On Fri, 2004-04-02 at 15:50, Branko ╚ibej wrote:
> Let me understand this: are you both saying that you'd rather have yet
> another API for full histiry tracking instead of having this one at
> least support the concept, even if the inital implementation doesn't do
More or less. I'm saying that this particular function, which is the
function that gets used to calculate the <peg-rev, path> X op-rev ->
path transform, should:
* Follow copies and renames, going backwards
* Follow renames but not copies, going forwards
Since we have neither rename tracking nor forward pointers in our FS, we
cannot currently follow renames going forwards; so for now, we should
only allow forward movement when the node-copy is in the same place
within the operative rev.
We should never follow copies going forwards because:
* Getting multiple results is an uncomfortable exceptional case.
* In the presence of rename tracking, the answer involving only
renames (or the one involving neither copies nor renames) is
better than the answer involving copies, so we might generate
an exception unnecessarily.
* A copy may indicate a branch, which is not generally appropriate
to follow going forwards.
* A copy may indicate a file split or other code operation which
is not appropriate to follow going forwards.
I have no objections to a future, separate API which allows searching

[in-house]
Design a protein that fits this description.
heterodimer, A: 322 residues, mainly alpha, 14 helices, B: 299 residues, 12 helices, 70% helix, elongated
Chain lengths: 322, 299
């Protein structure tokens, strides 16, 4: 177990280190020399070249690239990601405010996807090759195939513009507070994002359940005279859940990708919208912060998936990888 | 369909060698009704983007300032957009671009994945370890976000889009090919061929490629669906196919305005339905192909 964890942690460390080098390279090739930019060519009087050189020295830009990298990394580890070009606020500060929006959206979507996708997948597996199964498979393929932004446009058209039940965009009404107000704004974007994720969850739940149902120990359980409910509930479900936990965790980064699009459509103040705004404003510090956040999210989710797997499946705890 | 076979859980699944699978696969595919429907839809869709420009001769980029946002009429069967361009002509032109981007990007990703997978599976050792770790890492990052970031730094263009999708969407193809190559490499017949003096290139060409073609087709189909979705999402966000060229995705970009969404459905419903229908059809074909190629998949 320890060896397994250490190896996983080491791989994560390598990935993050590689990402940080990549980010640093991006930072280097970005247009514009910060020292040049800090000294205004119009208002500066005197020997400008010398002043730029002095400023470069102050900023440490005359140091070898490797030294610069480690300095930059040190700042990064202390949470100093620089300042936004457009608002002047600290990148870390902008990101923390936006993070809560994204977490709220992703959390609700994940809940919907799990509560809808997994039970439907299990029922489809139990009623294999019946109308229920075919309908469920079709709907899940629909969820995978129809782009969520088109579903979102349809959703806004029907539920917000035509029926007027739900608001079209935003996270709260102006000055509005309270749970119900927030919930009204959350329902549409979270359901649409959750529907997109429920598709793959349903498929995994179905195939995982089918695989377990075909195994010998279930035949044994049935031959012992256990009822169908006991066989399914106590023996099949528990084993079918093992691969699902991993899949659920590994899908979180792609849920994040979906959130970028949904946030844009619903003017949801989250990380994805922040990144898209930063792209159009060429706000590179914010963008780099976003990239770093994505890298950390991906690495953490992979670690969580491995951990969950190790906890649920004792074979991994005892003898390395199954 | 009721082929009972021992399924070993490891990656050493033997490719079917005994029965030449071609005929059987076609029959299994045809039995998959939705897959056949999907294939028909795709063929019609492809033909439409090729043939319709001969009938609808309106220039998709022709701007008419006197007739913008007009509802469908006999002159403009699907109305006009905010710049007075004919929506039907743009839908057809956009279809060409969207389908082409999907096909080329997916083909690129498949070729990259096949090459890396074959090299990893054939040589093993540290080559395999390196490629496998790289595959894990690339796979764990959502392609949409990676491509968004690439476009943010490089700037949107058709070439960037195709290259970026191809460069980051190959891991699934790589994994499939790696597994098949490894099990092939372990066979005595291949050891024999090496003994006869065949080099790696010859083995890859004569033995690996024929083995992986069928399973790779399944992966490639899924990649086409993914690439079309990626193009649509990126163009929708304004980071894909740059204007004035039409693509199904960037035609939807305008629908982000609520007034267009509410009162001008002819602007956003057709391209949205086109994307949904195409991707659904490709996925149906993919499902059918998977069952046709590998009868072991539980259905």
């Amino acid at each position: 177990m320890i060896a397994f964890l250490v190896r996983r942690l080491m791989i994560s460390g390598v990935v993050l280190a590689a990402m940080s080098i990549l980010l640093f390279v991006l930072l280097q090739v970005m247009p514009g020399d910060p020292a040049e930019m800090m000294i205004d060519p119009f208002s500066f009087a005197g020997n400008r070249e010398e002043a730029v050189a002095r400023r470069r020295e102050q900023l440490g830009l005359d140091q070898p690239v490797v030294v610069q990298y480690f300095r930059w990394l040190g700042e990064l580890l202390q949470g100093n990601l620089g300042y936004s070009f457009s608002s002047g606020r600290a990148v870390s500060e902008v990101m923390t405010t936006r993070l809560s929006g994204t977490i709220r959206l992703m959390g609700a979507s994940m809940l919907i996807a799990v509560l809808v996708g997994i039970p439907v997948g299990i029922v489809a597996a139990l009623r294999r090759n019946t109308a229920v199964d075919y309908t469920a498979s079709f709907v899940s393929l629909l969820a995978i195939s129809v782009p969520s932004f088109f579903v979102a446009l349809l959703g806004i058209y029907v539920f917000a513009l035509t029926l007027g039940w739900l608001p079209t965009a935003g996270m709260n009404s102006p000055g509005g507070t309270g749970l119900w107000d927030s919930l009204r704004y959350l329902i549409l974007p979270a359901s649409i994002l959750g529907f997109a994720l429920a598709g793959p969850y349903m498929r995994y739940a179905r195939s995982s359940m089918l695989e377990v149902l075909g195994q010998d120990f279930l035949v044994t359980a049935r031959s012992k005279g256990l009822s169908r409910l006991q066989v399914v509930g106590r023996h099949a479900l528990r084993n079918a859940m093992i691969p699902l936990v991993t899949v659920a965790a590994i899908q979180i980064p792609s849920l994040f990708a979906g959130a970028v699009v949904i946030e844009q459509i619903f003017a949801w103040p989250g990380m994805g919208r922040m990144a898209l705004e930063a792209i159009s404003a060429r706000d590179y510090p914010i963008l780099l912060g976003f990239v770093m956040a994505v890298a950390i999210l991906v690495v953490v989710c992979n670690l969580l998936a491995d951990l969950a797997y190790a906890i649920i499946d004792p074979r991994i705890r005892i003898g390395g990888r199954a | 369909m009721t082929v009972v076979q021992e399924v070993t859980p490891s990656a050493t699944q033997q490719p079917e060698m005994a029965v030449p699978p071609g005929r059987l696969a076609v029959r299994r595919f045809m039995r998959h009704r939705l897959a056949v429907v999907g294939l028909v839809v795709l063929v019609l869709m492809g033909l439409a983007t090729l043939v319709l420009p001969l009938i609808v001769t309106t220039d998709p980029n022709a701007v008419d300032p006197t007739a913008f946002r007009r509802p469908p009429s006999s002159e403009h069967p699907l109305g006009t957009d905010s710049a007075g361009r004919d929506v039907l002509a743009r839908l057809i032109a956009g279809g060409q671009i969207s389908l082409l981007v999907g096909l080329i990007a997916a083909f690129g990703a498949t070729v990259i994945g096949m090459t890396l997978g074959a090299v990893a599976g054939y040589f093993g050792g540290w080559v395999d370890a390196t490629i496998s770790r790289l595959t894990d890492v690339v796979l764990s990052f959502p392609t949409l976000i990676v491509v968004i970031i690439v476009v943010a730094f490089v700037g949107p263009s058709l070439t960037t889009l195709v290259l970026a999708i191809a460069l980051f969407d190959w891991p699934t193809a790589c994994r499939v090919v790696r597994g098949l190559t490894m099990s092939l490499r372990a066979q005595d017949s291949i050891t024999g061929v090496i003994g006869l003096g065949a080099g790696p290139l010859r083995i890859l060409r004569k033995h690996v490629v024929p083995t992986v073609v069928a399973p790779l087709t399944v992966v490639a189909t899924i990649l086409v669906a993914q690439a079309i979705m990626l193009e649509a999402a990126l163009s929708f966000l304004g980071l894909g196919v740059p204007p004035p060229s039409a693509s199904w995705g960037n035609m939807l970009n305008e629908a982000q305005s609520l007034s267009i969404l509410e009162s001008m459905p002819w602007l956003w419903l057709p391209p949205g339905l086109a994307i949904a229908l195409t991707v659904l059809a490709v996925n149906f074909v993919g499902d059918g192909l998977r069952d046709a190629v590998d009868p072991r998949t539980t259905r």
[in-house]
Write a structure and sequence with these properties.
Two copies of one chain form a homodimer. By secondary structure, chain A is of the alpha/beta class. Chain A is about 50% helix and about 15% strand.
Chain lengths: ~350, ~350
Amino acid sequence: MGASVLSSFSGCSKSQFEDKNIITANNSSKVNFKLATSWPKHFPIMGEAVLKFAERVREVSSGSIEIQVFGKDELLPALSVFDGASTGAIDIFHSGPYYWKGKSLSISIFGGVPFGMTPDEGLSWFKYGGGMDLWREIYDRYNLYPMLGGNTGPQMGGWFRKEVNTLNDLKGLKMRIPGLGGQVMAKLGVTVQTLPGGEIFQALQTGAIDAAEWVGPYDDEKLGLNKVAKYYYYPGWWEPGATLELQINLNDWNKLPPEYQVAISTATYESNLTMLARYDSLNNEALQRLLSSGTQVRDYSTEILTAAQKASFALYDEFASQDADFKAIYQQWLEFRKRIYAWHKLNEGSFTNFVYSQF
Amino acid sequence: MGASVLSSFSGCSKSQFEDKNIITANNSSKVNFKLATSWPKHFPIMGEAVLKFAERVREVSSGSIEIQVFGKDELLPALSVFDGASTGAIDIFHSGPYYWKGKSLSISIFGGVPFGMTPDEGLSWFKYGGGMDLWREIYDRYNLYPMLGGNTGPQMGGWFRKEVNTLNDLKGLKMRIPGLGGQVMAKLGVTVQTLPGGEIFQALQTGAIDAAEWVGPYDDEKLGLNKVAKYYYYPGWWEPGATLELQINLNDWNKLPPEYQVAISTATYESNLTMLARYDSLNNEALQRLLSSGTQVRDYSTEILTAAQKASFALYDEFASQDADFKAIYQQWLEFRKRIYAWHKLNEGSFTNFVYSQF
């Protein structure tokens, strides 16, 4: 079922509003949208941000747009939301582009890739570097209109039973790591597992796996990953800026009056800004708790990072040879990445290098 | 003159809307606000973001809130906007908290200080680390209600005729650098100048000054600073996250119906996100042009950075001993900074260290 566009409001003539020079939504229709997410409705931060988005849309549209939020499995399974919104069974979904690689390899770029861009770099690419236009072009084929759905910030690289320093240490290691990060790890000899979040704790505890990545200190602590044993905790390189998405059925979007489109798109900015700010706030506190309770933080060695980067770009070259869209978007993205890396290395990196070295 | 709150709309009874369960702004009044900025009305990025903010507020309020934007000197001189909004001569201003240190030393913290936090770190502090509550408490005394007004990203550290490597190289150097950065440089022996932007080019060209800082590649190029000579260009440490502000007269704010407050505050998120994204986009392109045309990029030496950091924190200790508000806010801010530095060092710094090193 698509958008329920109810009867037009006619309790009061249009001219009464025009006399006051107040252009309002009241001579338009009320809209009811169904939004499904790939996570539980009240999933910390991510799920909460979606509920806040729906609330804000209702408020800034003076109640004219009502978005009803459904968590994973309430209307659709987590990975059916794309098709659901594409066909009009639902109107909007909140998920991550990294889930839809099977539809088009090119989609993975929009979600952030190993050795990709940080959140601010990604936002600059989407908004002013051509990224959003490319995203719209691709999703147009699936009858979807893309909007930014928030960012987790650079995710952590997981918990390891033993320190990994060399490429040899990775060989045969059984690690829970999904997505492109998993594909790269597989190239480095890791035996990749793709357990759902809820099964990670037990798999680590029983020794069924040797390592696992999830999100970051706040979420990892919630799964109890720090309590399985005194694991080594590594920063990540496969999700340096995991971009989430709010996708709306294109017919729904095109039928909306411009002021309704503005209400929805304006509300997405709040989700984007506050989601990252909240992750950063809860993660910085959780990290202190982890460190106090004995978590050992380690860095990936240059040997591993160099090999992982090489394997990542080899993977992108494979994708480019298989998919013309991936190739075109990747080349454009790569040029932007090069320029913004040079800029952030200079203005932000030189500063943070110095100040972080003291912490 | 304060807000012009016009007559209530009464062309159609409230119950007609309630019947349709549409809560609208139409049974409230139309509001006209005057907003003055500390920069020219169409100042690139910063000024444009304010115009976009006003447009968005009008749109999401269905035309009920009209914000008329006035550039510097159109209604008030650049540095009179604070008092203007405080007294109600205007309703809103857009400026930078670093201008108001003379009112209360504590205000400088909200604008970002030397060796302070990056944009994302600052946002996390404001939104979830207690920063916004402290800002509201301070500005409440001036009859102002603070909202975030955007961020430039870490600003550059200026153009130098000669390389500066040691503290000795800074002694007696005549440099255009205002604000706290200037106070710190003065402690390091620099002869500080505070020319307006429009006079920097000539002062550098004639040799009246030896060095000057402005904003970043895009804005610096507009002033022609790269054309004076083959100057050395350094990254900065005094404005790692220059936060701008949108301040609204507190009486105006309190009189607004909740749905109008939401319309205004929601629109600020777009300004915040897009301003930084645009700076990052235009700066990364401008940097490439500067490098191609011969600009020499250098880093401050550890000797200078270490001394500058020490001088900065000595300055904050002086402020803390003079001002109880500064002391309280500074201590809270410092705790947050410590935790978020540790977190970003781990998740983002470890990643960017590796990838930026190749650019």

for all the copies of a node, or all the copies derived from a
node-copy, or both. (I have concerns about my ability to implement such
an API within my planned libsvn_fs_fs architecture. One of the key
design points of libsvn_fs_fs is that, once a revision is committed, it
never changes, except of course for the rev props. So we can't go back
and add forward pointers to the data within earlier revs. Still, that's
an implementation issue, not an API correctness issue.)
> if you do not traverse copies forward,
> will you be able to skip over files that
> are deleted from a revision but resurrected
> through a copy at a later time?
Ideally, I'd say there should be an operation which lets a file be
resurrected without generating a new node-copy. I don't know offhand
what the UI for that operation should be, though.
> why should a new copy of a file be handled differently
> than a rename of the file or a cp/rm pair?
Because it's a different operation. A rename preserves the identity of
the object while changing its location, while a copy produces a new (but
related) object. You're only used to the result being the same because
you're used to a filesystem without history.
Imagine for a moment that we had really good merge support. Say I want
to perform the following merge:
BASELINE: contains file "foo"
MAINLINE: copies "foo" to "bar"; renames "foo" to "baz"
BRANCH: modifies file "foo"
The best merge result we can expect from a version control tool has the
branch's modifications to "foo" merged into "baz", with "bar"
unchanged. To get this result, we have to distinguish the rename from
(That kind of merge support isn't a total pipe dream; arch has it,
although it doesn't track copies at all.)
To unsubscribe, e-mail: firstname.lastname@example.org
For additional commands, e-mail: email@example.com
Received on Sat Apr 3 02:29:35 2004